E is not a topological space, mapping of edges onto singe edge doesn't seem to be a fibration and picking out a point (node) doesn't seem to identify a single edge.


What if we restrict to the inside of a single simplex?

Here the triangle 'E' is filled in so two of the edges can continuously merge together.

It still doesn't seem to work.

It seems that the fibration is not a surjection, perhaps we need to think of it more like a projection.



Simplicial Set Example

Here we have two triangles 1 and 2 with a common edge 3.

The relationship between triangles, lines (edges) and points (vertex) is many to many. For example, edge 3 is contained in multiple trianges and each triangle has multiple edges.

If we were representing many:many relationships between tables in a relational database we insert tables between them with 1:many relationships out of them. diagram

The new table 'TriangleEdge' is redrawn here a bit so both the 1:many relations coming out of it look like projections.

The same for table 'EdgeVertex'

From this we can recalculate the tables so the arrows go in one direction: triangle->edge->vertex. diagram


A retraction is a surjective map that is continuous.

For instance we can continuously reduce a band down to a circle:

In general a map ƒ: M1 -> M2 is continuous if and only if the preimage of every open set is open. diagram

Model Category in CTT

We have some nice properties if mappings are continuous. The most general form of continuous map is mapping between topological spaces where all open sets in codomain have preimage which is an open set. However, lines are not open sets in general. To get these properties we need to restrict to structures where we do have these properties such as maps between simplicies.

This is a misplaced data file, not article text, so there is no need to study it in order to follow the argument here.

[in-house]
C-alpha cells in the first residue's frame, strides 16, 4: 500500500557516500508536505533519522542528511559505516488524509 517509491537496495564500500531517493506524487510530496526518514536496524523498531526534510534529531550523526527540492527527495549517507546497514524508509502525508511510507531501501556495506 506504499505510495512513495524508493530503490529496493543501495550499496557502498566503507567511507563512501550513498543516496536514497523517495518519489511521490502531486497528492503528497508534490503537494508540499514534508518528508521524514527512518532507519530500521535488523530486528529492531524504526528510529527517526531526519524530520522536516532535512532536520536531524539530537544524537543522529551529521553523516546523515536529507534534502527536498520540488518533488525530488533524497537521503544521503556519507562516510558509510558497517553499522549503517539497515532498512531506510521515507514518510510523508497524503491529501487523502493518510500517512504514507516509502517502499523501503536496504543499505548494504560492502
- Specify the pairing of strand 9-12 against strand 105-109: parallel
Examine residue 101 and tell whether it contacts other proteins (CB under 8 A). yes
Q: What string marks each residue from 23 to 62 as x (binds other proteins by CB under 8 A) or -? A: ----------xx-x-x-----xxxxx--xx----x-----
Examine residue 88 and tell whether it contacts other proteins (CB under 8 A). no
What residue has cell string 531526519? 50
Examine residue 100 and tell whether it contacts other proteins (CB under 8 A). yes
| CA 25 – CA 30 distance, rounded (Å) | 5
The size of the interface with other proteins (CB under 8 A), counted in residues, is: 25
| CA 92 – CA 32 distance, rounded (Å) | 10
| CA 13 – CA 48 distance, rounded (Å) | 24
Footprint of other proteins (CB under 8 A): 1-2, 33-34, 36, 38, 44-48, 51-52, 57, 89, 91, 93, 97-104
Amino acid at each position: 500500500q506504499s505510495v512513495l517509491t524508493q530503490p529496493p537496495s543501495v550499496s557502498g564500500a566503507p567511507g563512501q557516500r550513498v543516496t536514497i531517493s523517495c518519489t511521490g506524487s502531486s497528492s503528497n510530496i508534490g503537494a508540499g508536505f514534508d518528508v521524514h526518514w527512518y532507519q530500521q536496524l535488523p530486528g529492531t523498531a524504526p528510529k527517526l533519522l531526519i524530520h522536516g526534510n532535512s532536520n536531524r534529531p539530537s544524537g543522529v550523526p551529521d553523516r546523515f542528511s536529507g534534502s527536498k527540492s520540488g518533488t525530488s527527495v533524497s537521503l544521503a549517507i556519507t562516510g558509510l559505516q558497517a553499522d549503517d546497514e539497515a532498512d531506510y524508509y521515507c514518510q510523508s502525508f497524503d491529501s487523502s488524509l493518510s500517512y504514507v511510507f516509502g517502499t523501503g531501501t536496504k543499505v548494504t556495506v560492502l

Fibration in CTT

A fibration allows us to 'lift' a line between two points to a line between two structures. This is called the homotopy lifting property (HLP).

In this diagram the blue lines show the mapping of points and the green line maps lines (like open set) in the opposite direction to the points.


Cofibration in CTT

A cofibration allows us to 'extend' a mapping from a subset to a mapping from the whole structure. This is called the homotopy extension property (HEP).

Again the blue lines show the mapping of points and the green line maps lines (like open set) in the opposite direction to the points.


Kan Fibration

Kan fibrations are the fibrations of the standard model category structure on simplicial sets (see wiki)

A Kan fibration need not be a surjection (ncatlib)

x must exist where:

  • X and Y are topological spaces.
  • f is a fibration between these spaces.
  • Δn is an n dimensional simplex
  • Λ is a horn.
  • i is an inclusion
  • s and y are retractions (picking out the shapes in the space).
Example where n=2 (triangle - two dimensional). diagram
diagram We need the outer square to commute so that we can't have a situation like this.
Example where n=1 (line - one dimensional). diagram

Continuation of Simplicial Set Example

In the example above the two triangles 1 and 2 were 'glued' together with a common edge 3.

diagram What if we now 'glue' together two more edges, say 1 and 4?

This would force edge 2 to equal edge 5 and effectively make the two triangles equal.

Can we generalise this to determine how many faces need to be glued together to make two simplicies equal?


Fibration and Co-fibration

Homotopy has the concept of:


(lifting property)

(Extension Property)

(see page here)

(see page here)

(simplicial sets)

Kan fibration
(see page here)
Kan extension
(see page here)

Kan fibrations are combinatorial analogs of Serre fibrations of topological spaces.


Extension is dual to lift.

Fibrations and Cofibrations are used in model theory.